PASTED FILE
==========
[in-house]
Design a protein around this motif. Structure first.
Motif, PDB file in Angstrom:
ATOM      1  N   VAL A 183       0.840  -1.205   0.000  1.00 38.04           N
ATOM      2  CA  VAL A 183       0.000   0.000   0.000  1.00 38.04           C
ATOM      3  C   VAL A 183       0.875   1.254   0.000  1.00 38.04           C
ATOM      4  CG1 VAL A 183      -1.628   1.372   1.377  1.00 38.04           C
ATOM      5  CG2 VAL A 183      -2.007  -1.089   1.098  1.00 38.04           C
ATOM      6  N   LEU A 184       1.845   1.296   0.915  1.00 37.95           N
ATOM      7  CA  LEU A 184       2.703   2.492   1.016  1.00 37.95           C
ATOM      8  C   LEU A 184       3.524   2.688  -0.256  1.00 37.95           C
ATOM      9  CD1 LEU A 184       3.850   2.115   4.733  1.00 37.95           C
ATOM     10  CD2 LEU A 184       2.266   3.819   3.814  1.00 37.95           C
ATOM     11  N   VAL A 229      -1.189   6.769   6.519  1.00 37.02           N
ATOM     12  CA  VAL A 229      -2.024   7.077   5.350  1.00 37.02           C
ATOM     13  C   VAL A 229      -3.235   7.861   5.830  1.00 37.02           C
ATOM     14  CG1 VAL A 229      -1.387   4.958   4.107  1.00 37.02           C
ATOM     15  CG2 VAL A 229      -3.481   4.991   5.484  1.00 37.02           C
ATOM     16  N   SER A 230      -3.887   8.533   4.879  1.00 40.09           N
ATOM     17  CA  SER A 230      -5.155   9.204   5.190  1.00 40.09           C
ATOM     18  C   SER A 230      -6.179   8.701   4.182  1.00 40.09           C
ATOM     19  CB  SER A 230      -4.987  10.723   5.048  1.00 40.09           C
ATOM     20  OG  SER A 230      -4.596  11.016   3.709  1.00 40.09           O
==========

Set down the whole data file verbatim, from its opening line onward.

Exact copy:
[in-house]
Design a protein around this motif. Structure first.
Motif, PDB file in Angstrom:
ATOM      1  N   VAL A 183       0.840  -1.205   0.000  1.00 38.04           N
ATOM      2  CA  VAL A 183       0.000   0.000   0.000  1.00 38.04           C
ATOM      3  C   VAL A 183       0.875   1.254   0.000  1.00 38.04           C
ATOM      4  CG1 VAL A 183      -1.628   1.372   1.377  1.00 38.04           C
ATOM      5  CG2 VAL A 183      -2.007  -1.089   1.098  1.00 38.04           C
ATOM      6  N   LEU A 184       1.845   1.296   0.915  1.00 37.95           N
ATOM      7  CA  LEU A 184       2.703   2.492   1.016  1.00 37.95           C
ATOM      8  C   LEU A 184       3.524   2.688  -0.256  1.00 37.95           C
ATOM      9  CD1 LEU A 184       3.850   2.115   4.733  1.00 37.95           C
ATOM     10  CD2 LEU A 184       2.266   3.819   3.814  1.00 37.95           C
ATOM     11  N   VAL A 229      -1.189   6.769   6.519  1.00 37.02           N
ATOM     12  CA  VAL A 229      -2.024   7.077   5.350  1.00 37.02           C
ATOM     13  C   VAL A 229      -3.235   7.861   5.830  1.00 37.02           C
ATOM     14  CG1 VAL A 229      -1.387   4.958   4.107  1.00 37.02           C
ATOM     15  CG2 VAL A 229      -3.481   4.991   5.484  1.00 37.02           C
ATOM     16  N   SER A 230      -3.887   8.533   4.879  1.00 40.09           N
ATOM     17  CA  SER A 230      -5.155   9.204   5.190  1.00 40.09           C
ATOM     18  C   SER A 230      -6.179   8.701   4.182  1.00 40.09           C
ATOM     19  CB  SER A 230      -4.987  10.723   5.048  1.00 40.09           C
ATOM     20  OG  SER A 230      -4.596  11.016   3.709  1.00 40.09           O